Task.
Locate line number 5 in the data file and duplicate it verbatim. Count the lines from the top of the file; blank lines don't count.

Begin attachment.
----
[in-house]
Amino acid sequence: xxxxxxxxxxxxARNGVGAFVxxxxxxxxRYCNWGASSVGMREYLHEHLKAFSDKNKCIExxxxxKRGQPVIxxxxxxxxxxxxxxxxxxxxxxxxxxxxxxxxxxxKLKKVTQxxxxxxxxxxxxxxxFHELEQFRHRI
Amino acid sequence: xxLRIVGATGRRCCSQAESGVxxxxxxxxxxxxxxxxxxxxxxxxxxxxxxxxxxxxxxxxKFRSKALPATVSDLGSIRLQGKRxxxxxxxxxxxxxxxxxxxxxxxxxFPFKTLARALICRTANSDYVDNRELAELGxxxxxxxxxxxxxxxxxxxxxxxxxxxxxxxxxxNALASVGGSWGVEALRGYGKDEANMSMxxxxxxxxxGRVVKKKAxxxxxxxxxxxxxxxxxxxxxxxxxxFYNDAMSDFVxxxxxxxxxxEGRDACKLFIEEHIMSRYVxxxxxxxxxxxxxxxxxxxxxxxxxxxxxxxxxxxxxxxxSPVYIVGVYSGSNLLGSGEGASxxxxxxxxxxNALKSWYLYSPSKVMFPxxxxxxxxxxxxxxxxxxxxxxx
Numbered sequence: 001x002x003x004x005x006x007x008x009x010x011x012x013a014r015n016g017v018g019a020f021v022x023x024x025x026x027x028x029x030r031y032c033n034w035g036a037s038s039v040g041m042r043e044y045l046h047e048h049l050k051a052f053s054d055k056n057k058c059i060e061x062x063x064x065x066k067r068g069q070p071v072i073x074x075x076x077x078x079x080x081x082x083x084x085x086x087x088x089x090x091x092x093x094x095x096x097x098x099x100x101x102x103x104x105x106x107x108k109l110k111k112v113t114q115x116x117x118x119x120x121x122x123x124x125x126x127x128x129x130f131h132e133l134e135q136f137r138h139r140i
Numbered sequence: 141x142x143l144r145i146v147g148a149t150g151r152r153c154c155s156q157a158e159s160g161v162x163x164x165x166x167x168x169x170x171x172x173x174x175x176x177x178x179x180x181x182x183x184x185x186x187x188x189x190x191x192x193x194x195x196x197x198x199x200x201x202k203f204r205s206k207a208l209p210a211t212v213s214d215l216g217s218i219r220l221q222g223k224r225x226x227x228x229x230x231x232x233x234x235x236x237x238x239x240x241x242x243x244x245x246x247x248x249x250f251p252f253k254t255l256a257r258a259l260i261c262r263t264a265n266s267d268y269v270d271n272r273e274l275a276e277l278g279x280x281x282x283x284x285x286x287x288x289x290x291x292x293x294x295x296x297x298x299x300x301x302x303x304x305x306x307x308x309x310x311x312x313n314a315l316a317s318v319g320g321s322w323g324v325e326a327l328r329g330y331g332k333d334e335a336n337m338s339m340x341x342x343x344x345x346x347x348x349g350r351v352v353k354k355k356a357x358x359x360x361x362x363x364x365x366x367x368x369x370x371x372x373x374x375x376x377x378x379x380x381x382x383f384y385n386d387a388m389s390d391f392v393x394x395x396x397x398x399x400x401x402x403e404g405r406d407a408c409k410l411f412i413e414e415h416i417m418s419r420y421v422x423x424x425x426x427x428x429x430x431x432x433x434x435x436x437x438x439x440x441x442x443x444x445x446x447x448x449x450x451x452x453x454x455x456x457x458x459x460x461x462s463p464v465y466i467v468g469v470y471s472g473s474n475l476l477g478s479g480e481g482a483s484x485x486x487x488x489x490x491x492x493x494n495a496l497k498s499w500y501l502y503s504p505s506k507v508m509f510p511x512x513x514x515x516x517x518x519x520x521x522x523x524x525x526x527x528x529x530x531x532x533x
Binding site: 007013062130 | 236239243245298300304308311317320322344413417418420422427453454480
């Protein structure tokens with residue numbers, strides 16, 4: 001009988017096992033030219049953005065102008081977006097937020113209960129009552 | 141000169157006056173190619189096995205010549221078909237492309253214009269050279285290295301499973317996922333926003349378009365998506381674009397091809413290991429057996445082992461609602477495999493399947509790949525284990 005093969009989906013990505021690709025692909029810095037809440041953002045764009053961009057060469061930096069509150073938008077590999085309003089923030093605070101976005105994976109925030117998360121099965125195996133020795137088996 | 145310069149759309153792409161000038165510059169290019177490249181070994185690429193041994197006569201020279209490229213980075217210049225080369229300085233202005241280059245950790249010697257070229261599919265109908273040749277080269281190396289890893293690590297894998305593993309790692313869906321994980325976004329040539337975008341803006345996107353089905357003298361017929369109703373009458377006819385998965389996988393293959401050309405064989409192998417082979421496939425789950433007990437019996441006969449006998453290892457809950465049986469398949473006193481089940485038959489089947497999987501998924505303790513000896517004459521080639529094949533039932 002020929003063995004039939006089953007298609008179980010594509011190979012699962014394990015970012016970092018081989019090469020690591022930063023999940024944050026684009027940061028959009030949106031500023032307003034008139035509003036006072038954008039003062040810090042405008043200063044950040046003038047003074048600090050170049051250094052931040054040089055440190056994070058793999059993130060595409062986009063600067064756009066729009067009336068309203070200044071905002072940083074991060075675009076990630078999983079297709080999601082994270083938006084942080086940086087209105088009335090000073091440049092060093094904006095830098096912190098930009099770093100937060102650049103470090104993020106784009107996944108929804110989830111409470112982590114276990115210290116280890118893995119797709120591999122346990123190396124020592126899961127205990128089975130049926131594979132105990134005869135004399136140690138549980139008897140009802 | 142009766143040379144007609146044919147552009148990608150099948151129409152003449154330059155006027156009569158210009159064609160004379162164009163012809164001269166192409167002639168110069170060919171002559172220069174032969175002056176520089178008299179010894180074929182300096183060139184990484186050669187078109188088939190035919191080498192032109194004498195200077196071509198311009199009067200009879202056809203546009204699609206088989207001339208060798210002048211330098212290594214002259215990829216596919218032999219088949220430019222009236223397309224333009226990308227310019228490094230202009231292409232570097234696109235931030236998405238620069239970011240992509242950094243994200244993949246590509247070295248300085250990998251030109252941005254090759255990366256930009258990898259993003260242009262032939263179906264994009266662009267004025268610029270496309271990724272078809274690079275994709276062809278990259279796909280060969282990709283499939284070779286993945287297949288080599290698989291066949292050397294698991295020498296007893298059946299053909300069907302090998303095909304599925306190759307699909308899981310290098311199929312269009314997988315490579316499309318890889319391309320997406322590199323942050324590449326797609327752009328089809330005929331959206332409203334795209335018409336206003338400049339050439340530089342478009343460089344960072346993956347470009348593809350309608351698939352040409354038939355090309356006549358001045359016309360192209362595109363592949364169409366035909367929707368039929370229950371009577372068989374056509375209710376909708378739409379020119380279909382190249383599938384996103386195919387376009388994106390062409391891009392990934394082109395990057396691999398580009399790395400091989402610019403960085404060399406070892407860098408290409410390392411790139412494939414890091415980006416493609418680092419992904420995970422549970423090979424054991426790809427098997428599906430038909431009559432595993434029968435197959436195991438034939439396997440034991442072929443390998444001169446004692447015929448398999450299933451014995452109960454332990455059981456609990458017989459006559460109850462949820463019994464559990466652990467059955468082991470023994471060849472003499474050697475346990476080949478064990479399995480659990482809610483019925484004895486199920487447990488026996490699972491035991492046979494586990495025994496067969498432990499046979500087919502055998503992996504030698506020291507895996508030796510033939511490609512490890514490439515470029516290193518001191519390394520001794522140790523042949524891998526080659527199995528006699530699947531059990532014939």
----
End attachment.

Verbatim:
Numbered sequence: 141x142x143l144r145i146v147g148a149t150g151r152r153c154c155s156q157a158e159s160g161v162x163x164x165x166x167x168x169x170x171x172x173x174x175x176x177x178x179x180x181x182x183x184x185x186x187x188x189x190x191x192x193x194x195x196x197x198x199x200x201x202k203f204r205s206k207a208l209p210a211t212v213s214d215l216g217s218i219r220l221q222g223k224r225x226x227x228x229x230x231x232x233x234x235x236x237x238x239x240x241x242x243x244x245x246x247x248x249x250f251p252f253k254t255l256a257r258a259l260i261c262r263t264a265n266s267d268y269v270d271n272r273e274l275a276e277l278g279x280x281x282x283x284x285x286x287x288x289x290x291x292x293x294x295x296x297x298x299x300x301x302x303x304x305x306x307x308x309x310x311x312x313n314a315l316a317s318v319g320g321s322w323g324v325e326a327l328r329g330y331g332k333d334e335a336n337m338s339m340x341x342x343x344x345x346x347x348x349g350r351v352v353k354k355k356a357x358x359x360x361x362x363x364x365x366x367x368x369x370x371x372x373x374x375x376x377x378x379x380x381x382x383f384y385n386d387a388m389s390d391f392v393x394x395x396x397x398x399x400x401x402x403e404g405r406d407a408c409k410l411f412i413e414e415h416i417m418s419r420y421v422x423x424x425x426x427x428x429x430x431x432x433x434x435x436x437x438x439x440x441x442x443x444x445x446x447x448x449x450x451x452x453x454x455x456x457x458x459x460x461x462s463p464v465y466i467v468g469v470y471s472g473s474n475l476l477g478s479g480e481g482a483s484x485x486x487x488x489x490x491x492x493x494n495a496l497k498s499w500y501l502y503s504p505s506k507v508m509f510p511x512x513x514x515x516x517x518x519x520x521x522x523x524x525x526x527x528x529x530x531x532x533x